Peter Jackson also gave us a welcomed (yet not for all) return to Middle-earth and Steven Spielberg and Daniel Day-Lewis teamed up to bring the legend of Abraham Lincoln to amazing life. David O. Russell easily topped his previous awards-contender "The Fighter" with "Silver Linings Playbook" and gave Robert De Niro's career a kick in the butt. The summer brought us Wes Anderson's best film to date, "Moonrise Kingdom," and beyond that it was a summer alight with bold new talent including Stephen Chbosky's "Perks of Being a Wallflower," Rian Johnson's "Looper" and Benh Zeitlin's "Beasts of the Southern Wild." And what a year for Bond, eh?

Jennifer Lawrence (Oh, J-Law!) had a huge year with "The Hunger Games," which is the best new franchise of the year, and then later "Silver Linings Playbook" which is propelling her to a Best Actress Oscar win.

And before we get to the main list, here's a few honorable mentions.

The movie you didn't see but should've:

"Bachelorette" is the meaner, darker, more twisted stepsister of "Bridesmaids," very much its own devilishly independent creation from writer/director Leslye Hedlund. The three nasty girls at its center (Isla Fisher, Izzy Caplan, Kirsten Dunst) are not nice to their best friend (Rebel Wilson), pretty much unlikable and yet shocking in their relatability forcing us to hold a mirror up to our own imperfections. And if you squint hard enough, it's even a proudly feminist work spitting in the eyes of archetypal women portrayals.

The biggest disappointment of the year:

Ridley Scott's "Prometheus," the highly anticipated quasi-prequel to "Alien," turned out to be a muddled, convoluted mess with no real scares and empty storytelling. While technically awe-inspiring with stunning performances from Noomi Rapace and Michael Fassbender, you couldn't help but feel a sinking feeling of missed opportunity. Ambition was too lofty in trying (and failing) to expand his original sci-fi classic into something more grandiose.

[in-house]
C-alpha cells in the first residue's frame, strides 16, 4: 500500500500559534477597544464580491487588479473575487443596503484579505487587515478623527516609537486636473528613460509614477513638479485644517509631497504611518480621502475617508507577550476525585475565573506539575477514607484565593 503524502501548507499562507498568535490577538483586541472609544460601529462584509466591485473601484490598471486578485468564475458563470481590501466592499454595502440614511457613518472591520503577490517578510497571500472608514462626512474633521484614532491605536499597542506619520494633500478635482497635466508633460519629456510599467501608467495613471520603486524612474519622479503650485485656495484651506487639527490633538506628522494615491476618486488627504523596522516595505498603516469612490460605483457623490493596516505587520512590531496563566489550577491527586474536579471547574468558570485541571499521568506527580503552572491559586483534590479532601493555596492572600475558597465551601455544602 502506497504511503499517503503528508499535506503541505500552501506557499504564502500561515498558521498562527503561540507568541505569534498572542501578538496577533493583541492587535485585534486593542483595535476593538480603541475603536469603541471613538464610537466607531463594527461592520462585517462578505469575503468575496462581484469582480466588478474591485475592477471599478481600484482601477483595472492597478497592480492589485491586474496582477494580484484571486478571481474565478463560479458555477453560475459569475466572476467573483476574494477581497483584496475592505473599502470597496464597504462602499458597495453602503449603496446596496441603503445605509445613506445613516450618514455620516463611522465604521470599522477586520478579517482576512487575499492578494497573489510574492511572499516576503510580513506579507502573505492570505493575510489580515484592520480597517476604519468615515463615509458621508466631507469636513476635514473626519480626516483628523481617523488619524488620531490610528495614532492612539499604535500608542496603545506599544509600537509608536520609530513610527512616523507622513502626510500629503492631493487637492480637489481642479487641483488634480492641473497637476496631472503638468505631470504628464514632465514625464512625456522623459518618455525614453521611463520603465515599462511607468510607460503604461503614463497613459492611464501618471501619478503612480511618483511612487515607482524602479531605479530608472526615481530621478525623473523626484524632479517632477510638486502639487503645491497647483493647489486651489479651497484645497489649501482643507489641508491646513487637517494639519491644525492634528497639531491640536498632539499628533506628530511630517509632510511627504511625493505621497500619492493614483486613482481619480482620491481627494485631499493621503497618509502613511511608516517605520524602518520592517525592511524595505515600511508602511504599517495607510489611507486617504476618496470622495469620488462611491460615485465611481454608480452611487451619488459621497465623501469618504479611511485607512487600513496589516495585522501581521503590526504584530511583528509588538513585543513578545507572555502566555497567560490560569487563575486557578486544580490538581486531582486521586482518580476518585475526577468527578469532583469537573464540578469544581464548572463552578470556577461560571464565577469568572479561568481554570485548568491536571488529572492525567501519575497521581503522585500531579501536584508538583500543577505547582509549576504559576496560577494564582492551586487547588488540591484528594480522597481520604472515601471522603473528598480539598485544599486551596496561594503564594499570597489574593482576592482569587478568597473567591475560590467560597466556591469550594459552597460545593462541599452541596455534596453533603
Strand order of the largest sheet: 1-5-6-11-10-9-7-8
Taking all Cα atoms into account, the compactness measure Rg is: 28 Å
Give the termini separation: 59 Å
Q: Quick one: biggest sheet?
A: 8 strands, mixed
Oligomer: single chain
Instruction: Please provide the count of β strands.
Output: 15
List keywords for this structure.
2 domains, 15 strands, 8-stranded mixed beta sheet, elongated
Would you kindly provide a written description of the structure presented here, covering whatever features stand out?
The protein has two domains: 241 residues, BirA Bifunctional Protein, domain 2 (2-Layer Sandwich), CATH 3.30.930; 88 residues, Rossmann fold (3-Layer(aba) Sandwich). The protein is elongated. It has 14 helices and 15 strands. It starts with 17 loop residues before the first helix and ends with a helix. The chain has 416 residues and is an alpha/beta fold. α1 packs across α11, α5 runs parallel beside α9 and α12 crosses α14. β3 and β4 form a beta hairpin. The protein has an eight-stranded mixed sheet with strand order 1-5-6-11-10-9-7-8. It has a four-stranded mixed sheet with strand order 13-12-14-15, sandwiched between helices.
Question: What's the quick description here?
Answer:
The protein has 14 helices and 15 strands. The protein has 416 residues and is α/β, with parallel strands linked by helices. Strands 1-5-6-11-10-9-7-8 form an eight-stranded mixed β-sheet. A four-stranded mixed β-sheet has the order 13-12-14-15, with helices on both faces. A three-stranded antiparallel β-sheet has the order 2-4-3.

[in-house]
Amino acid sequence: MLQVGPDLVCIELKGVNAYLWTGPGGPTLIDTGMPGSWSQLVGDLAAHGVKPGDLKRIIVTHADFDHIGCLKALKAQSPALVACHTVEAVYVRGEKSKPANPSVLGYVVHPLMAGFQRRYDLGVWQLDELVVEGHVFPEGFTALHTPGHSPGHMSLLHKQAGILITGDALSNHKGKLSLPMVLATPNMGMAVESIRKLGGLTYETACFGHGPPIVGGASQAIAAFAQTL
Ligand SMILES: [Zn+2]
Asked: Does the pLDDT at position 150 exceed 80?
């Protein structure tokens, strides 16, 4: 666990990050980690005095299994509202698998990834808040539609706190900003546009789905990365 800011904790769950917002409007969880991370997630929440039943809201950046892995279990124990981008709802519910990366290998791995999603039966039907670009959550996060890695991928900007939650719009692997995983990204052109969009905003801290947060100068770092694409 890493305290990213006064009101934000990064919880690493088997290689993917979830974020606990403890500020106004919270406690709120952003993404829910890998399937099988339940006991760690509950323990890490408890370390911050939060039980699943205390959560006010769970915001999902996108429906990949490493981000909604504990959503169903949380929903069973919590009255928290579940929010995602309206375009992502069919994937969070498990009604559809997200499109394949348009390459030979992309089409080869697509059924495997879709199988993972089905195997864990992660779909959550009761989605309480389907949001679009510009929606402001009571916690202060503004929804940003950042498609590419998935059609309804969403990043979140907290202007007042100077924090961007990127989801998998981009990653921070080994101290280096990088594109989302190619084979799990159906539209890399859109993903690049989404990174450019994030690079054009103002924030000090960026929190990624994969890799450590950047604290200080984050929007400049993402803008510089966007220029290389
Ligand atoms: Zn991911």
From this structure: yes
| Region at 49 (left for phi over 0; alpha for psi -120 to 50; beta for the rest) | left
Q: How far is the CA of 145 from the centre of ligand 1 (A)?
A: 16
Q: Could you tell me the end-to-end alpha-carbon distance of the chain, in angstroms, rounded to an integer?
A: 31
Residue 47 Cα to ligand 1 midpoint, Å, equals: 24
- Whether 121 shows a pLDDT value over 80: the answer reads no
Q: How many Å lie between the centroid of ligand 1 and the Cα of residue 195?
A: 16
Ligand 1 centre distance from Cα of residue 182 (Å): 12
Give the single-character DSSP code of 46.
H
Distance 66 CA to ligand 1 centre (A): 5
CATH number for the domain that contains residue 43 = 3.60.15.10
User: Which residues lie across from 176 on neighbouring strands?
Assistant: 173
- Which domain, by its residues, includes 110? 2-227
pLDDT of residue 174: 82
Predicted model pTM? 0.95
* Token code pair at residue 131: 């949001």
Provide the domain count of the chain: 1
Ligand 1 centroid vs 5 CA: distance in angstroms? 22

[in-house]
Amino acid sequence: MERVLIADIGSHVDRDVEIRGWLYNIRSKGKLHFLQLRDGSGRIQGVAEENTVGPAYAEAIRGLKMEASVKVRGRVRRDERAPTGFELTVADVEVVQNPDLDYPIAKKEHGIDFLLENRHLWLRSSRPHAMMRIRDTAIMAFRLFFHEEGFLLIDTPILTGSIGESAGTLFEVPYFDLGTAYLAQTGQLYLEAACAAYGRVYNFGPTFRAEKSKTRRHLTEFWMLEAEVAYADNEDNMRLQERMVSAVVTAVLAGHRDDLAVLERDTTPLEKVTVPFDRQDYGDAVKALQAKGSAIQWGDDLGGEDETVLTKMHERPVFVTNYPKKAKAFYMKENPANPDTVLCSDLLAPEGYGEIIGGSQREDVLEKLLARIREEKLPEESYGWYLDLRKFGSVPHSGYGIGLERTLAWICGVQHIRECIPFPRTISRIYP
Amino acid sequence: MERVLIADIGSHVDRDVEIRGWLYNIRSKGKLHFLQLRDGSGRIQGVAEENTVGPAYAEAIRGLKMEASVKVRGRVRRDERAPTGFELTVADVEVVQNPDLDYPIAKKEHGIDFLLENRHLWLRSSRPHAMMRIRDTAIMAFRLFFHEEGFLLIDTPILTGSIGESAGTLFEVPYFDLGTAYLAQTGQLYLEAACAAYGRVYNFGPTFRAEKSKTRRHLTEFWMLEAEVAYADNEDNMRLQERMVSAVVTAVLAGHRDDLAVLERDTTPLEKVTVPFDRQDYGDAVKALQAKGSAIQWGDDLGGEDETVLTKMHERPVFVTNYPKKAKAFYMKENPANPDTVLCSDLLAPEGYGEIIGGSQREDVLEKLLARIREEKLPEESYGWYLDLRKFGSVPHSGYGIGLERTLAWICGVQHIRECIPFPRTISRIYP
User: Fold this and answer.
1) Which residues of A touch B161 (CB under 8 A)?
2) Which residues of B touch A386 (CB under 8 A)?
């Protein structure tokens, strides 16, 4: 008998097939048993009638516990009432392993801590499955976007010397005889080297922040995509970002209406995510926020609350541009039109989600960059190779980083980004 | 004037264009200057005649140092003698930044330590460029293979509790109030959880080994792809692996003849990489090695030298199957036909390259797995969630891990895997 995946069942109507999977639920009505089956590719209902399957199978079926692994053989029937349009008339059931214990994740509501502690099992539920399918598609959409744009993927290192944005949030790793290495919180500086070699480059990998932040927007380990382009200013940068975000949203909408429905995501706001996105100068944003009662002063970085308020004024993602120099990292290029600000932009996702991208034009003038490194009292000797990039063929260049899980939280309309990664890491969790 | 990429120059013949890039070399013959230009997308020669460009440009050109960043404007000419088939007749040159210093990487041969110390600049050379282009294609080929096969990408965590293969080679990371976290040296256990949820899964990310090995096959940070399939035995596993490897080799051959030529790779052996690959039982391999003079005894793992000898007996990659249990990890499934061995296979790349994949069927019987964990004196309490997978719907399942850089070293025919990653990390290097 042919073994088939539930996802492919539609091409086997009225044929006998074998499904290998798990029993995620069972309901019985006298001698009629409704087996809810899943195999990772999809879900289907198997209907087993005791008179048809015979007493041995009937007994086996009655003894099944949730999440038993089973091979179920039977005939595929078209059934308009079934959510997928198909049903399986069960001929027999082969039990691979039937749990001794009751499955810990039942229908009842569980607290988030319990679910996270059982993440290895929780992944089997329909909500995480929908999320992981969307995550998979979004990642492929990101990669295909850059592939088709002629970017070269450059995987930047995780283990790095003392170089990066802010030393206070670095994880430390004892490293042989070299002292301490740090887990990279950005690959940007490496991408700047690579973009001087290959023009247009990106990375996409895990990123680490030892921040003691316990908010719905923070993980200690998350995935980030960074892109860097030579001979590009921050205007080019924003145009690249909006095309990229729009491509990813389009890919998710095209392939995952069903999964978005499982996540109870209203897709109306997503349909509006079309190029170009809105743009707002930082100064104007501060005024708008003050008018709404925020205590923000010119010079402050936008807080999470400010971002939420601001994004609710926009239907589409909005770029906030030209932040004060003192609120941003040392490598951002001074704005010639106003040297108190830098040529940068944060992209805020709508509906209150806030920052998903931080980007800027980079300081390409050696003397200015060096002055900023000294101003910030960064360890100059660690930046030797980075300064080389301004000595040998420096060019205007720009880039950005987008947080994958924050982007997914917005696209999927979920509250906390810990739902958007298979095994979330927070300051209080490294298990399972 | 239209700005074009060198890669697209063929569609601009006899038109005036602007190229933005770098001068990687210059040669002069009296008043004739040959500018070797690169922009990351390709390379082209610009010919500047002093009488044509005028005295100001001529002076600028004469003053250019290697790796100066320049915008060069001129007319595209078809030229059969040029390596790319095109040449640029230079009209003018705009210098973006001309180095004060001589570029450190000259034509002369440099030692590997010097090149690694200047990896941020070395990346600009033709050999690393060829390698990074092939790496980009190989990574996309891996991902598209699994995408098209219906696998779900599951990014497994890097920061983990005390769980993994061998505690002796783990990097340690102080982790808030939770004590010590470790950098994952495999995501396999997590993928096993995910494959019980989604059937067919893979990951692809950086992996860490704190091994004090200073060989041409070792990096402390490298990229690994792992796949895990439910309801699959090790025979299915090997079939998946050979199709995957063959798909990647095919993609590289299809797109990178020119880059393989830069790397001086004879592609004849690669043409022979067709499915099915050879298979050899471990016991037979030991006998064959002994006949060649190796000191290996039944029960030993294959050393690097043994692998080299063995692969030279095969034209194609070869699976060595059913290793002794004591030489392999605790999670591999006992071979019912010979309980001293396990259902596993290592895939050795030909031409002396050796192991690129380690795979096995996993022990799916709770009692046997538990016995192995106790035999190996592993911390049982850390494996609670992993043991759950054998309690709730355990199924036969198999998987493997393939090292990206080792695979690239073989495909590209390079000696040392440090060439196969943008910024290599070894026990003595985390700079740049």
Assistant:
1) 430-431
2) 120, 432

10. The Perks of Being a Wallflower

Highlighted with a standout performance from Ezra Miller opposite an impressive Logan Lerman and Emma Watson in her first American role, this high school coming-of-age film directed by Stephen Chblosky and adapted from his own novel is brimming with passion and intimacy. It's a movie that understands the unique bond of friendship but also addresses the bittersweet truth that feeling like you truly belong is sometimes only fleeting.

9. Argo

Ben Affleck's third directorial feature is easily his best, most riling piece of entertainment, the perfect blend of incredible true story and Hollywood movie magic. It's a high-class popcorn pleaser that celebrates the transcending power of movies and reminds us why we go to the movies. Chris Terro's script creates breathless excitement in a thriller not through perilous car chases but instead through exquisite timing and careful plotting.

8. Looper